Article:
The Dog Walker Decade: A PugetPets Retrospective
In the Beginning
Nearly ten years ago, I was working part-time as a dog runner, taking active pooches out for their daily jogs, when I found an ad on Craigslist. A company called PugetPets was looking for a dog walker and pet sitter. I loved working with dogs, but running was taking a toll. A dog walker job was the perfect opportunity. I was so excited! I immediately responded to the ad and, as they say, the rest is history. For almost a decade now, I have had the privilege of serving PugetPets canine and feline clients and their guardians. I’ve been a daytime companion, surrogate guardian and—the all-important—can- and door-opener! Now, my dog walker and pet sitter decade draws to an end, as my partner and I prepare to move out of state and begin a new phase of our lives.
Home to a Heartbeat
In the beginning, I never guessed how being a dog walker and pet sitter would impact my life and enrich my spirit, but it has. Of course, there were plenty of frustrating, crazy and even scary times, and plenty of poop! And there was more to learn than I ever imagined. If you think being a professional dog walker is an easy job, think again! There was the variety of “bodily fluids disasters,” the day I affectionately refer to as “Poodlepocalypse,” and chasing an escapee through the groomed backyards of an affluent Seattle neighborhood—not to mention any names (Lilly S!)—you know who you are! Being a dog walker has plenty of challenges. But being on the receiving end of warm, loving and excited receptions every day without exception, always outweighed the hard stuff. This is the lesson of our animal friends that we can never fully live up to as human beings: no matter what I was experiencing in my life, from a run-of-the-mill traffic nightmare to the deepest personal challenges, “my” dogs and cats always greeted me with the same happiness, caring, understanding and love. A wagging tail, a cat’s purr and play, a compassionate look (“Is there something wrong? Maybe a walk would help!”), always put the focus back on life’s important stuff. Every day. Without fail. No matter what, life falls into perspective when you come home to a heartbeat.
I Really Don’t Know Pets at All
A decade is a long time to be a dog walker, so it isn’t surprising that while cleaning out for my move, sorting through dusty stacks of vintage vinyl and 8-tracks, I would unearth a long-lost rarity. Most of us are familiar with Joni Mitchell’s famous song “Both Sides Now,” but many of us feel it is somehow unfinished. No existential pondering of life, love and experience could really be complete without looking at the ups and downs of pets. But good news for pet guardians! Now, right here on the PugetPets blog, the rare lost pet verses of “Both Sides Now” can be revealed for the first time (with my sincere apologies to Joni Mitchell).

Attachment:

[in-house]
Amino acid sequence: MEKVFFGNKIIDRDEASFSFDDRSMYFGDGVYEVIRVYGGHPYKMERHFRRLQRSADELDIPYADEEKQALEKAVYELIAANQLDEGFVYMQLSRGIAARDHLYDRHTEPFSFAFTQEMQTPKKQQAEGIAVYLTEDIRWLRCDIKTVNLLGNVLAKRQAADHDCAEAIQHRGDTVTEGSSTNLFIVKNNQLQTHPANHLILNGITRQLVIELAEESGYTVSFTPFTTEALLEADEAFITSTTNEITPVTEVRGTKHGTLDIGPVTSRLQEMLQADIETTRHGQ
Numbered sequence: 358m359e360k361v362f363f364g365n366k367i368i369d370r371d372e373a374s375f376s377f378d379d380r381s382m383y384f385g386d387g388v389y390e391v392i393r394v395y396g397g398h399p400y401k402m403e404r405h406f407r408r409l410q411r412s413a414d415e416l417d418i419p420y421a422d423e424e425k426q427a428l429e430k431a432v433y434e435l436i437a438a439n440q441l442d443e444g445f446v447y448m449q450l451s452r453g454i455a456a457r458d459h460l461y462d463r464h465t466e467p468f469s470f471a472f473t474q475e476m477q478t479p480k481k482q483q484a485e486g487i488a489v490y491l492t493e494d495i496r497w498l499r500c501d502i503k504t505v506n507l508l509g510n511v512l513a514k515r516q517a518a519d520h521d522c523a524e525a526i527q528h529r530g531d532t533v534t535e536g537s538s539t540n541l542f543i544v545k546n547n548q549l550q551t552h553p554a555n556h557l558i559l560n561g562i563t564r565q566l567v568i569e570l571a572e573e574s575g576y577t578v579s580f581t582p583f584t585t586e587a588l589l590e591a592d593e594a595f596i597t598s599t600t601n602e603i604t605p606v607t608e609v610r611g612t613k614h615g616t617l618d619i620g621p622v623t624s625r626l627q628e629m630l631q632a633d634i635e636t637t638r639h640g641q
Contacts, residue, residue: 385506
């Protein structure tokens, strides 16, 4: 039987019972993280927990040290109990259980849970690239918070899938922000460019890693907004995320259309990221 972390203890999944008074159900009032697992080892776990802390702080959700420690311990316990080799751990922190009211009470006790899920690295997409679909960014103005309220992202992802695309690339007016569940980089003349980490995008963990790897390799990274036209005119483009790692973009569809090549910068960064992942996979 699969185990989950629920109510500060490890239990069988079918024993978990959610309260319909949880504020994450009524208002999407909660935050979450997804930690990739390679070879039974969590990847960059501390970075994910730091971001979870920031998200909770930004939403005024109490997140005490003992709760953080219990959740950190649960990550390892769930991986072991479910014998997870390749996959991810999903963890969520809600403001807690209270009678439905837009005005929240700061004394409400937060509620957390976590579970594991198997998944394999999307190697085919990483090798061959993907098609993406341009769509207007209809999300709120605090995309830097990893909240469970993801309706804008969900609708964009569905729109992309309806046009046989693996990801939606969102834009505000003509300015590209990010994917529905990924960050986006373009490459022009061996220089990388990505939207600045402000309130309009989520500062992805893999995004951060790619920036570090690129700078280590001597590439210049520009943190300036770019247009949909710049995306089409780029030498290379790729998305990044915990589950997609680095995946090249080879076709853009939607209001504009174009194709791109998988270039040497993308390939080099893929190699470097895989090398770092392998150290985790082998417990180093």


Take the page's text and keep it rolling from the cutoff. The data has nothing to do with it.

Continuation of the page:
Both Ends Now
Sit and fetch and say bow-wow,
The tennis balls and Puppy Chow,
Excited wags and playful growls,
I’ve looked at dogs that way.
But now there’s dog poop in my hand.
They bark, and stink and track in sand.
They act like they don’t know commands
When I tell them to stay.
I’ve looked at dogs from both ends now,
From ears and rump, and still somehow
It’s dogs’ illusions I recall.
I really don’t know dogs at all.
Purrs and fluff and balls of string,
Play-stalking every moving thing,
And feather-toys with bells that ring,
I’ve looked at cats that way.
But now my couch arms are defaced.
They stick their butts up in my face.
My basement smells of kitty waste.
The males just want to spray.
I’ve looked at cats from both ends now,
Whiskers and tails and still…meow:
It’s cats’ illusions I recall.
I really don’t know cats at all.
On My Way
One day, after walking a very sweet dog and dispensing treats to him and his lively young feline companion, I turned to notice a very large, rather bowling-ball shaped older cat who appeared Cheshire-like and was staring me down, as cats are wont to do. “Okay,” I said, not without reservation, “you can have ONE.” After Mr. Portly got his treat, I heard chirping. At first I thought it was the smoke-alarm battery. Then I heard it again, coming from somewhere upstairs. A bird! “Is there a bird?” I asked the cats and dog. All three looked at me (“Duh.”). “Hey, there, bird!” I shouted in a sing-song fashion. Chirp response. “Hey there, bird!” I sang again. Chirp response. “Okay,” I said to all, “I guess everyone’s alright, so I’ll be on my way.”
In loving memory of Nessie, Jackson, Bleu, Missy, Lucy and Breda. You are not forgotten.